He was director of recreational sports and women's head softball coach at North Georgia College and State University from August 1994 through August 2000. At North Georgia, he was the first head coach for women's fast-pitch softball. He led the Lady Saints to a 40-18 overall record and a Georgia-Alabama-Carolina conference championship in 2000 with an 18-2 conference record. His overall record in four seasons was 134-97.
Sanders' awards and honors include being named the GACC "Coach of the Year" in 1998 and 2000 and being named the NFCA NAIA east region "Coach of the Year" for 2000. He is a graduate of Jackson County High School and North Georgia College and State University, where he received a master's degree in education and a bachelor's degree in recreation administration.


BOC seeks to alter county bid process
Less than three weeks after a new form of government was implemented in Jackson County, the board of commissioners wants to change part of the legislation that governs the board.
The BOC agreed Monday night to seek local legislation to take out the requirement that the county seek bids for all purchases over $1,000. The resolution calling for the legislation stated that this amount would create an "unnecessary and expensive burden" to the county. The resolution also calls for the commission to establish its own ordinances for how bids are taken.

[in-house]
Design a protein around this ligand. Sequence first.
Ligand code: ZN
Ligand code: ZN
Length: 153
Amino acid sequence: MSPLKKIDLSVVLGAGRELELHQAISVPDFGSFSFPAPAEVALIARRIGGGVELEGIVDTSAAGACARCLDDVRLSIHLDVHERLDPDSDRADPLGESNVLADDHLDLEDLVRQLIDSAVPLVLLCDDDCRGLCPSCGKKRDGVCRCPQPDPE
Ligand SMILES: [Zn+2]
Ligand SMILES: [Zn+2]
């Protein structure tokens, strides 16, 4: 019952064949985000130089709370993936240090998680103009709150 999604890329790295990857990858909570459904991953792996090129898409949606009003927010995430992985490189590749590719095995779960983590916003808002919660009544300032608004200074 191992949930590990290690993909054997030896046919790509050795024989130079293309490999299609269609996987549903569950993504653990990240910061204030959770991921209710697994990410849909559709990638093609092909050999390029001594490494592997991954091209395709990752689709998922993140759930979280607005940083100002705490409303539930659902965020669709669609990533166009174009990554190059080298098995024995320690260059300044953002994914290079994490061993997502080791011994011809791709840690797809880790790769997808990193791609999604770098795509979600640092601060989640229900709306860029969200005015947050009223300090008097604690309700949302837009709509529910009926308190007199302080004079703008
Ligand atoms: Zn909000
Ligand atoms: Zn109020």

Tax bills to be sent later this week
Jackson County taxpayers should be getting their tax bills in the mail within the next week.
Tax commissioner Don Elrod said Monday that the bills are expected to be mailed out later this week. His office has already been taking payments from those who wanted to get their bill paid by the end of 2000.
The holdup in sending out bills came from the larger number of appeals due to the major countywide reassessment last year.


Fire districts to net 10.5% growth in tax dollars
The 10 fire districts in Jackson County will get an additional $83,100 this year, a 10.5% increase over 2000. The districts will collectively get $878,250 this year, not including money budgeted by the City of Jefferson and City of Commerce for their municipal departments.
Leading the pack in fire funding is the West Jackson Fire District, which will net $231,400. That district has the largest tax digest and the highest millage rate of the 10 districts. However, no budget for that district was turned in to the Jackson County Board of Commissioners.
At the other end is the Plainview Fire District, which will get only $33,750. That district's tax digest is the smallest in the county and its millage rate is fourth from the bottom.
In their budgets, two departments greatly underestimated their expected income. Nicholson has a budget showing $68,156 in projected tax income, but will take in a little over $93,000. Jackson Trail Fire District budgeted $81,840 in projected tax income, but will get over $92,700.
Only two fire districts, Plainview and Arcade, showed any leftover funds from the previous years.
Each fire district in Jackson County, except for the East Jackson Fire District, has its own board of directors which sets the budget and millage rate. The East Jackson Fire District operates under an agreement between the Jackson County Board of Commissioners and the City of Commerce for the Commerce Fire Department to cover property in a specific area around Commerce.
The North Jackson Fire District also failed to submit a budget to the county.
For the Jackson County County Fire Districts table, including the milage rates and expected net for the year, see this week's Jackson Herald.